Not long after being convicted of accepting illegal campaign contributions from strip club officials, councilman Ralph Inzunza steadfastly maintained his innocence.
The District 8 representative, standing in front of the courthouse with his wife by his side, pledged to fight the verdict.
"I want to let everyone know that I believe I have done nothing wrong," he said. "I believe everything I did was in the public's interest. I'm not going anywhere. I will be back."
Inzunza was found guilty of conspiracy, extortion and fraud along with fellow Councilman and acting mayor Michael Zucchet.
The government's case, which included countless hours of taped conversations between the councilmen and the other defendants, proved to be too overwhelming to overcome.
"It was very hard on all of us," said Niki Coates, one of the jurors who spoke afterward. "I feel for all the families involved. I have children the same age as the councilmen's children, but justice was done, and it was the right verdict."
Coates didn't cite any single piece of evidence that turned the case, saying it was more an accumulation of the facts presented during the course of the two-month trial.
"The prosecution did their job well," she said. "We had no other recourse but to find them guilty. The audios just don't lie."
Legal analysts gave the government high marks as well.
Gary Gibson, an adjunct professor at the California Western School of Law and a deputy public defender, thought it was a tough task to convict the councilmen.
"I guess my defense lawyer instincts kicked in," he said. "I started off with the premise that it's OK to give politicians money. It's a pretty high bar to hit that in this instance it was illegal. The prosecution must have done a masterful job."
The turbulent political climate in San Diego may have played a part in the verdict, Gibson added.
"People are predisposed that politicians are corrupt," he said. "People are predisposed that politicians make bad choices. People are predisposed that politicians don't do things for the public interest."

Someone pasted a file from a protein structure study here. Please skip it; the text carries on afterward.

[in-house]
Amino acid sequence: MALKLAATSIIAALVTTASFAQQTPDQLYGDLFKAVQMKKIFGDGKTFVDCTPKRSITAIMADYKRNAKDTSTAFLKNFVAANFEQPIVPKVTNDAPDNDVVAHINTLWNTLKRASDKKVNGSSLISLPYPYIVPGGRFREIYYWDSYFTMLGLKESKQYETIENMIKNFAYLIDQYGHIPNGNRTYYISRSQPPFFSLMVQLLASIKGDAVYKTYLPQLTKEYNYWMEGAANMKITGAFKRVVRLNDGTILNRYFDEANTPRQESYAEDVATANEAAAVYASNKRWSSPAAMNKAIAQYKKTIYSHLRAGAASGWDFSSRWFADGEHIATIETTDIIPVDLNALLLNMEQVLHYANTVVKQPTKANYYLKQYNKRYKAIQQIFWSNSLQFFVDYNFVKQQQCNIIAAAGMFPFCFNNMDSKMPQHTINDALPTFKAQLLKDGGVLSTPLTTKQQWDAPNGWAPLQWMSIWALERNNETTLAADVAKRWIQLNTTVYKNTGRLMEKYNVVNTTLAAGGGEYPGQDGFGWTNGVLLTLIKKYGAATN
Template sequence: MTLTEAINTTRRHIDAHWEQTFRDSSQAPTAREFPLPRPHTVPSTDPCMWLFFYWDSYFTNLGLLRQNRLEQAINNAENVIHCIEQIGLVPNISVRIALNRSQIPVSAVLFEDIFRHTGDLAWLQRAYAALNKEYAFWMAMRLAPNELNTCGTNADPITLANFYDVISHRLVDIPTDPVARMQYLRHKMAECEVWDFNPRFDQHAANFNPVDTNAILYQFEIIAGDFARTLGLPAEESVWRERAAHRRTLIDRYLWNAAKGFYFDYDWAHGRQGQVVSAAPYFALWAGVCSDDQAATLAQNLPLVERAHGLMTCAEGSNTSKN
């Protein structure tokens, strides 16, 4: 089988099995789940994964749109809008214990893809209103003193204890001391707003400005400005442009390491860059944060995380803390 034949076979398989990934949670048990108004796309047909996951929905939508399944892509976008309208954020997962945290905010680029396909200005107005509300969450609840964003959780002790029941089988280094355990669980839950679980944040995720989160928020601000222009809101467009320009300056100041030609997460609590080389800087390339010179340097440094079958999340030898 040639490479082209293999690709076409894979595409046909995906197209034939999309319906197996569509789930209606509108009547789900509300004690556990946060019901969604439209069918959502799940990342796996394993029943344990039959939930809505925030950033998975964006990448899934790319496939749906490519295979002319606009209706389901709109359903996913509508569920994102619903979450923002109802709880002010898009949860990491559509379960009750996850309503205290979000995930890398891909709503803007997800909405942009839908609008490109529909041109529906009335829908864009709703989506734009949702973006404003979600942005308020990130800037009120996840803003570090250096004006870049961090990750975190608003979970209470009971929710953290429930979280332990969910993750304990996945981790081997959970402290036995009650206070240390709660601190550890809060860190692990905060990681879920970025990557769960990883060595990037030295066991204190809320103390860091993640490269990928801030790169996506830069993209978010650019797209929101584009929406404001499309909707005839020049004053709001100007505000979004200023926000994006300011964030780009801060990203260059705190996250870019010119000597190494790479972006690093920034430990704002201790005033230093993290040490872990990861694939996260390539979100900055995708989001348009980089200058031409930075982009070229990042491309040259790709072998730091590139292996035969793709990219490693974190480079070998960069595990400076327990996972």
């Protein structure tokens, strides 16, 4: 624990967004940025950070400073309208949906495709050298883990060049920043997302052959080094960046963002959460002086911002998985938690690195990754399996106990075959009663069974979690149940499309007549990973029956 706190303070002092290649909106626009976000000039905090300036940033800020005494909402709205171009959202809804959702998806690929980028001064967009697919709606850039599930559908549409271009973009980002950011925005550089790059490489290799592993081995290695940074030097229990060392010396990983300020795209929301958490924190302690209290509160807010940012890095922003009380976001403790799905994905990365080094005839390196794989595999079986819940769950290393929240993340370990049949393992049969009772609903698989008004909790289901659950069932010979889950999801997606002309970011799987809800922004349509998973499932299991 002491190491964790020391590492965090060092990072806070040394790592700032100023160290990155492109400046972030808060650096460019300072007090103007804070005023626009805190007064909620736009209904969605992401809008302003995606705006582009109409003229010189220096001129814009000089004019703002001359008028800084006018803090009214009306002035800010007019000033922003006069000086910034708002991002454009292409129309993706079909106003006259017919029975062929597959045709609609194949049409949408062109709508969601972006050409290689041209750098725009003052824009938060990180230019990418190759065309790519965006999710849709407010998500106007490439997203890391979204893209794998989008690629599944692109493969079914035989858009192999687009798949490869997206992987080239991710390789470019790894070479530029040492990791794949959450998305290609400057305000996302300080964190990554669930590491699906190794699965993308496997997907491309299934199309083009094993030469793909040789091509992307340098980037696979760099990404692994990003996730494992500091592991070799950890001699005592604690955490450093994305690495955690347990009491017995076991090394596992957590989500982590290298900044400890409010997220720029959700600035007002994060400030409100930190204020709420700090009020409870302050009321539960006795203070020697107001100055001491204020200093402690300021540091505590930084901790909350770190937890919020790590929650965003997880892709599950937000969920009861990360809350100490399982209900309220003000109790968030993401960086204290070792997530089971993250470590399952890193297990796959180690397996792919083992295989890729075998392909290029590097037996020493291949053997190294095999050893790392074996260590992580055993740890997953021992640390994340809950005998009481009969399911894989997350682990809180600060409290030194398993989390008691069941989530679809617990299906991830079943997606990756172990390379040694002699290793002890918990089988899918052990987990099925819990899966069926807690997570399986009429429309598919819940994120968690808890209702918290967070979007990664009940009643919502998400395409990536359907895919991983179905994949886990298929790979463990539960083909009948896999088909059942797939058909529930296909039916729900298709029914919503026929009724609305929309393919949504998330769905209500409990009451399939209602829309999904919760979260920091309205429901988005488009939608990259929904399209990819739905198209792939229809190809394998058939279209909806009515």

Attorneys for both defendants said they would appeal the decision while asking the judge for a motion of acquittal. Gibson said the chances of being successful on an appeal are remote, however.
"I think it's likely they'll serve some time," he said. "The question is how much and where."
Shaun Martin, a University of San Diego School of Law professor, said an appeal might not make a difference.
"Even if the appeals were successful, the political careers of these defendants are over forever," he said.
Martin was surprised that the jury, which deliberated for three days, came back so quickly with a decision.
"I thought it was a difficult case with a lot of evidence," he said. "And in high-profile cases, juries often take a lot of time."
Neither Inzunza nor Zucchet took the stand during the trial, causing some to question that strategy.
"I always thought one would take the stand," Gibson said. "There are two sides of the argument: Are you trying to sustain your freedom or your political viability? What's more important: Winning this case or winning the next election?"
Jerry Coughlan, Zucchet's attorney, continued to defend his client, claiming he was simply doing his job.
"Mr. Zucchet is a wonderful and an honest person," Coughlan said.
The reaction in City Hall was measured.
"My heartfelt thoughts go out to my colleagues and their families at this difficult time," said Councilwoman Toni Atkins, who has been named Mayor Pro Tem this week to fill the absence created by Zucchet. "This is truly discouraging news, and it is a sad day for all of San Diego."
"This makes a challenging time at City Hall all the more difficult," Councilman Jim Madaffer said.
The verdicts might serve as a cautionary tale for other politicians.
"At a minimum, they have to be very careful with who they get into bed with," Martin said. "The case would not be brought, and certainly not won, if Exxon Mobil was making the contributions and not a strip club."
But Martin quickly added that the verdicts won't end the current system of political finance.
"Anyone who hopes this will stop the influence of money on politicians is dreaming," he said. "It will have an affect on politicians' willingness to have contacts and take money from very unpopular people and very unpopular industries."